Ireland 47-5 Samoa: The 14 men reach World Cup quarter-final

Ireland 47-5 Samoa: Joe Schmidt’s side reach World Cup quarter-finals with seven-try, bonus-point win despite Bundee Aki red card

  • Ireland secure World Cup quarter-final spot with seven-try win against Samoa
  • Rory Best try before Seilala Lam sin bin, Tadhg Furlong and Johnny Sexton score
  • Jack Lam struck back before Bundee Aki saw red for a high tackle in first half
  • Sexton grabbed second try of match to secure bonus point at end of first half
  • Jordan Larmour, CJ Stander and Andrew Conway scored in second half

Fourteen-man Ireland sealed their place in the World Cup quarter finals with a seven-try victory over Samoa here in Fukuoka, but Bundee Aki’s red card will be a worry for Joe Schmidt.

Ireland found themselves down to 14 men after 29 minutes when Aki caught Samoa out-half Ulupano Seuteni with a high tackle.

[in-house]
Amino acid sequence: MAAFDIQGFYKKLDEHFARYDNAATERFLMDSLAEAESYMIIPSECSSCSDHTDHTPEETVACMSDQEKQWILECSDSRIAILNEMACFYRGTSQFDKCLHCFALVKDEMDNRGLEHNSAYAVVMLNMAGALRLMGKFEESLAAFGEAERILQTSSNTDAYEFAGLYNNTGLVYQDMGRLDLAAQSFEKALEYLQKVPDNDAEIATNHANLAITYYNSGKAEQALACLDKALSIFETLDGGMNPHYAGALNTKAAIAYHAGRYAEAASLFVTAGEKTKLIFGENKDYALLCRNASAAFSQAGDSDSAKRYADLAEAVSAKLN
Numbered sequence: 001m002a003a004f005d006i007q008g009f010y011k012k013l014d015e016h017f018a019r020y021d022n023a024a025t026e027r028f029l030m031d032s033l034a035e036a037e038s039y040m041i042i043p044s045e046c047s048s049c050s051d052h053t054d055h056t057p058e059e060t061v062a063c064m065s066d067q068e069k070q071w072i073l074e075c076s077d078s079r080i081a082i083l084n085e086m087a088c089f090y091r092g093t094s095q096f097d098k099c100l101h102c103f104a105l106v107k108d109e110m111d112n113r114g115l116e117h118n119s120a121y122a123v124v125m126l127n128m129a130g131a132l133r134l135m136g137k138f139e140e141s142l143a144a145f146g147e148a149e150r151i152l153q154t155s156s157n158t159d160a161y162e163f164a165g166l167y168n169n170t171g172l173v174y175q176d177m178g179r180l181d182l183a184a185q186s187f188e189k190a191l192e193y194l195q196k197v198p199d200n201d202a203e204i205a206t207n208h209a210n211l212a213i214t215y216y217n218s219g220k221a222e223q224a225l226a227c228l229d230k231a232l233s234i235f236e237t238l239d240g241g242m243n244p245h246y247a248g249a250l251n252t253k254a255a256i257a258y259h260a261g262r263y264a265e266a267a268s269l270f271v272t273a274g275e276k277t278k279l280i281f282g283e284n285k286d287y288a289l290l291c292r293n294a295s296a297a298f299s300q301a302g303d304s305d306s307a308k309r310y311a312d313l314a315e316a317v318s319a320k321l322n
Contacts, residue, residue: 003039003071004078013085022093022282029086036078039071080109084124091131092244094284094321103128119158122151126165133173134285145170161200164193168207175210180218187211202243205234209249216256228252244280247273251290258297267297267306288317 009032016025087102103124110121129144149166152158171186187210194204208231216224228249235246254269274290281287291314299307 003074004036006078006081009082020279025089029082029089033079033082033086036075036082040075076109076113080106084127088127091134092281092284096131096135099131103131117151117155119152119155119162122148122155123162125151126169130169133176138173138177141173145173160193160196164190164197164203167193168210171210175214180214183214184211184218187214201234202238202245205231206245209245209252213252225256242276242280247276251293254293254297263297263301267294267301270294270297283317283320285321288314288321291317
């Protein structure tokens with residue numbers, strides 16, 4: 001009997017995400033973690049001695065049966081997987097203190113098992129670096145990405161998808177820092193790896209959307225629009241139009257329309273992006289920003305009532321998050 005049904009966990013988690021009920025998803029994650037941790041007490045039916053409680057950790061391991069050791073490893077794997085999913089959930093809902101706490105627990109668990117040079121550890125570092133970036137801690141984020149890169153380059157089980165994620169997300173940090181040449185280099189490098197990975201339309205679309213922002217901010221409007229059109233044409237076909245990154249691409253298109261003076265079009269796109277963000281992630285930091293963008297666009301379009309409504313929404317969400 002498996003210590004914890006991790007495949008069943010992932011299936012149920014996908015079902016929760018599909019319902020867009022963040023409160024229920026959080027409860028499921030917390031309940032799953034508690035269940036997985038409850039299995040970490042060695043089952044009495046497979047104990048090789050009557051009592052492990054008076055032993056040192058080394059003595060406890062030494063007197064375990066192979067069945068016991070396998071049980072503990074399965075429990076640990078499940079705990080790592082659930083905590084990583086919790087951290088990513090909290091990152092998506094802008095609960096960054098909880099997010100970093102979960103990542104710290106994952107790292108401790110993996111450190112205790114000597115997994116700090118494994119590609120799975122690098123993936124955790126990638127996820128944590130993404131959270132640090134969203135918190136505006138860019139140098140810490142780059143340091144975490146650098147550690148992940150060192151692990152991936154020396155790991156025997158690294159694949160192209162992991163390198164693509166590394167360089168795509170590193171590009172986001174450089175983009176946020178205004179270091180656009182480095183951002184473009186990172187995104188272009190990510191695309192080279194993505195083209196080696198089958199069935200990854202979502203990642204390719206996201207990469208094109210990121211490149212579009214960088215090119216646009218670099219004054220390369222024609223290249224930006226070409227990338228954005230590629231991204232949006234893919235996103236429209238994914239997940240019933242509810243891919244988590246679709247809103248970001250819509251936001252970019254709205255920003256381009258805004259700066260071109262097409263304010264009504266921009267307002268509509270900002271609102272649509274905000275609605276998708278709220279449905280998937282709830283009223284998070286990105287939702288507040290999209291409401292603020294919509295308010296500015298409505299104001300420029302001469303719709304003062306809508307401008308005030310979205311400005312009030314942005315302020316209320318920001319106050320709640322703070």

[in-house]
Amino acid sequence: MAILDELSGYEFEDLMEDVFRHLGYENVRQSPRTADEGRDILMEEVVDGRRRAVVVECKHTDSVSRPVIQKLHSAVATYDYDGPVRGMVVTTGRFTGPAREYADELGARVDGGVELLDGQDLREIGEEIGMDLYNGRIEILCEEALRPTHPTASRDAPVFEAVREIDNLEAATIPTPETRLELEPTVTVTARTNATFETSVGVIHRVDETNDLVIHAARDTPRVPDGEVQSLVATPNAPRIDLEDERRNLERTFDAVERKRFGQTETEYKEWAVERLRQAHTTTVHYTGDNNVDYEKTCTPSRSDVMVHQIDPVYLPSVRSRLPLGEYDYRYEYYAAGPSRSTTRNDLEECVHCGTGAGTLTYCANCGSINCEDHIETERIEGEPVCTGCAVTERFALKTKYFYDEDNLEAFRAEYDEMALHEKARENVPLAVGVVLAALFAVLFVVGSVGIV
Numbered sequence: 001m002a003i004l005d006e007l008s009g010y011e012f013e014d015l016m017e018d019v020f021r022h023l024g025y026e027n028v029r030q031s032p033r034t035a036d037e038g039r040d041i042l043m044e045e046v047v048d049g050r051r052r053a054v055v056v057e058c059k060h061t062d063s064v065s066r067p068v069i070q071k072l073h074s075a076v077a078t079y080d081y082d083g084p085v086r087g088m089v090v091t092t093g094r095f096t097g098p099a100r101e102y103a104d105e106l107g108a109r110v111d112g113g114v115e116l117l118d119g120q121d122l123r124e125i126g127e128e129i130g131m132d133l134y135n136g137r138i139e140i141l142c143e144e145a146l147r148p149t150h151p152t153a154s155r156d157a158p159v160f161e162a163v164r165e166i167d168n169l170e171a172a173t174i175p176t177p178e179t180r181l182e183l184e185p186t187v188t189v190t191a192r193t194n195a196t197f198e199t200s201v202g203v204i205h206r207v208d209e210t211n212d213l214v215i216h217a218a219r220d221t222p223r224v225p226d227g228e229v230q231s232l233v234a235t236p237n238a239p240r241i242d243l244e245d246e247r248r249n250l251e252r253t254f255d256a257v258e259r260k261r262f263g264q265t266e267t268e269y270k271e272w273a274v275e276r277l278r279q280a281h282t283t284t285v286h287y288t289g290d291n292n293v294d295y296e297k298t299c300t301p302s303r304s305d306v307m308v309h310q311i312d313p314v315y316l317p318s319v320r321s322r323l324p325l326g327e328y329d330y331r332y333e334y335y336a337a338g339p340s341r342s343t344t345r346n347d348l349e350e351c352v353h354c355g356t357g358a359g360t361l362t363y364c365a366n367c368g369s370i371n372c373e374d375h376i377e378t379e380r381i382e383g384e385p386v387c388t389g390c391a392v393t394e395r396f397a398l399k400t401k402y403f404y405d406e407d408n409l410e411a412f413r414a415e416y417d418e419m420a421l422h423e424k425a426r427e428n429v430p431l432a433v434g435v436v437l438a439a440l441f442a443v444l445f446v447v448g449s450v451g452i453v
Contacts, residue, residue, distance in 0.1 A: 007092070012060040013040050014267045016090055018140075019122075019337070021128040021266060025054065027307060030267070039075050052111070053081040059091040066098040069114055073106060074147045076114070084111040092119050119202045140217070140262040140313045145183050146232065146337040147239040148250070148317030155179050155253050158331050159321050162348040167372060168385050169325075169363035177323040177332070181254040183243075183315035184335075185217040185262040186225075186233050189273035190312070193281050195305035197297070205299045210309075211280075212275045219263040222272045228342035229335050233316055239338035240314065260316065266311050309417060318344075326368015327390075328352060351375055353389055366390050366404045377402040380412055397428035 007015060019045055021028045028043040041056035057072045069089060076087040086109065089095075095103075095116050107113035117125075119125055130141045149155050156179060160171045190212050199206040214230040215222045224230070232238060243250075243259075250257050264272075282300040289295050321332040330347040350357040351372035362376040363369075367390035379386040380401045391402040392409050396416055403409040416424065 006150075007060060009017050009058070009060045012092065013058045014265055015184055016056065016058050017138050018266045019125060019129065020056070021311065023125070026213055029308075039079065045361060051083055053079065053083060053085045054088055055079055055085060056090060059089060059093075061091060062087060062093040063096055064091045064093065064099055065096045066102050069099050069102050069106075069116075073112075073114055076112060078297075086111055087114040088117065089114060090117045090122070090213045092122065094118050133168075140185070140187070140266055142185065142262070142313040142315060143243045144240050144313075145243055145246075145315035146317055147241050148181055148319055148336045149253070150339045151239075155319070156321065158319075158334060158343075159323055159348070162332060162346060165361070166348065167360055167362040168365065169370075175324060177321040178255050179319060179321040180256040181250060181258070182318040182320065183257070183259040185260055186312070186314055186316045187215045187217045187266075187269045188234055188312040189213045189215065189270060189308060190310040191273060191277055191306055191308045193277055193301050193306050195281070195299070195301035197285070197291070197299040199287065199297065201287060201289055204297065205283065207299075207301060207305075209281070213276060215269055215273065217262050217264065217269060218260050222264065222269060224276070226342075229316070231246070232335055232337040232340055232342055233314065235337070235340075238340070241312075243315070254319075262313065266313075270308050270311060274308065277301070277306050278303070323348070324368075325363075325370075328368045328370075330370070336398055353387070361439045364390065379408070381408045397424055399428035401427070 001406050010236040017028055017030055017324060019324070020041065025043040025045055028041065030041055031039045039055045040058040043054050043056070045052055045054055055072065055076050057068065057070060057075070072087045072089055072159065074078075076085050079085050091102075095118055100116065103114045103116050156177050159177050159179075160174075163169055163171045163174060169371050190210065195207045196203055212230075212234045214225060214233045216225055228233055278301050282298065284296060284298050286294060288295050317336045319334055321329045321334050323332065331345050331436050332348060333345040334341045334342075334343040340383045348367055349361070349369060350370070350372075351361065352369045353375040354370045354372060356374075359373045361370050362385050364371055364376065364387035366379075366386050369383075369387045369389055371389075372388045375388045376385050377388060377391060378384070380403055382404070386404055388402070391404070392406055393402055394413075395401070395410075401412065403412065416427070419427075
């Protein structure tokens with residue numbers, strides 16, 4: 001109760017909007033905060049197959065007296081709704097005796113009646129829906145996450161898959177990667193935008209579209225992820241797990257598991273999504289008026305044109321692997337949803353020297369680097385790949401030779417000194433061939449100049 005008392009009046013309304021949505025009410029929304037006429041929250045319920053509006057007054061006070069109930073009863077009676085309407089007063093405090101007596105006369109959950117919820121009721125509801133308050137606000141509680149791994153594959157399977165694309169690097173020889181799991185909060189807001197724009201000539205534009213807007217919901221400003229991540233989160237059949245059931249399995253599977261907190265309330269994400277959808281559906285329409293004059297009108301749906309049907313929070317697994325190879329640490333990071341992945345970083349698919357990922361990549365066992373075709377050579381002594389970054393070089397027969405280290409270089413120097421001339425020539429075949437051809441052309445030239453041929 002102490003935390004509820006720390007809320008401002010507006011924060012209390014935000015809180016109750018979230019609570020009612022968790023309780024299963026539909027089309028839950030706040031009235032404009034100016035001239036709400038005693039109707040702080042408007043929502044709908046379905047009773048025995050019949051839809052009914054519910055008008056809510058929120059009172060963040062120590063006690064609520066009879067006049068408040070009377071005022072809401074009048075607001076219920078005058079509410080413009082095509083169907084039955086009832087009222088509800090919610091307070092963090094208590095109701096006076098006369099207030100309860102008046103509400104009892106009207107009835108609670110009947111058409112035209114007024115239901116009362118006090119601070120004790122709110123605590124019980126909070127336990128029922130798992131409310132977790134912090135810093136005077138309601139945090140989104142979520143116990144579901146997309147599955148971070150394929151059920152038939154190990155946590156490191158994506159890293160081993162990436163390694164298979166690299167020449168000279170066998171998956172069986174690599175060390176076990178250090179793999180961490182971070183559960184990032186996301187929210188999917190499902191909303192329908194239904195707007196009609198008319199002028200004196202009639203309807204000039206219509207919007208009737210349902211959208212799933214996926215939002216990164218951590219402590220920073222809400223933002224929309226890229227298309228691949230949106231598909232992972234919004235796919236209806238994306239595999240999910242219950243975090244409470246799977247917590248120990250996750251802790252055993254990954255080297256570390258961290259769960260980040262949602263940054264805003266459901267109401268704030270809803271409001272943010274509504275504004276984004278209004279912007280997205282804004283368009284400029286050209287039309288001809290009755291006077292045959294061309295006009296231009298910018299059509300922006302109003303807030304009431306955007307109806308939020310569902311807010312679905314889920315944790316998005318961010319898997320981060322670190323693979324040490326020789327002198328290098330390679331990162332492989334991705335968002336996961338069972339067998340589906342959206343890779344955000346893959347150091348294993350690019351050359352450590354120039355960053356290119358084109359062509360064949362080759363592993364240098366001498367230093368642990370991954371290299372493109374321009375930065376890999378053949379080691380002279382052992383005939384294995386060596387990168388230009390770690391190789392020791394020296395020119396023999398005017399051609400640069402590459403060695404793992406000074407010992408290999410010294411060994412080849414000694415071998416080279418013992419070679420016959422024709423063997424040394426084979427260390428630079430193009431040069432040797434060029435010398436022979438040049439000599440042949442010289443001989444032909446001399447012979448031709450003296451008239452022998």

World Rugby have clamped down on those high shots in a big way over the past 12 months and Aki was duly given his marching orders.  

Ireland secured a bonus-point win over Samoa with Johnny Sexton scoring two tries

Ireland centre Bundee Aki tackles Samoa wing Ulupano Seuteni in an illegal manner

After consulting with the Television Match Official, referee Nic Berry produced a red card


IRELAND: J Larmour; K Earls, R Henshaw (A Conway 62), B Aki, J Stockdale; J Sexton (J Carbery 52), C Murray (L McGrath 53), C Healy (D Kilcoyne 57), R Best (capt) (N Scannell 51), T Furlong (A Porter 45), I Henderson, J Ryan (J Kleyn 57), T Beirne (P O’Mahony 60), J van der Flier, CJ Stander.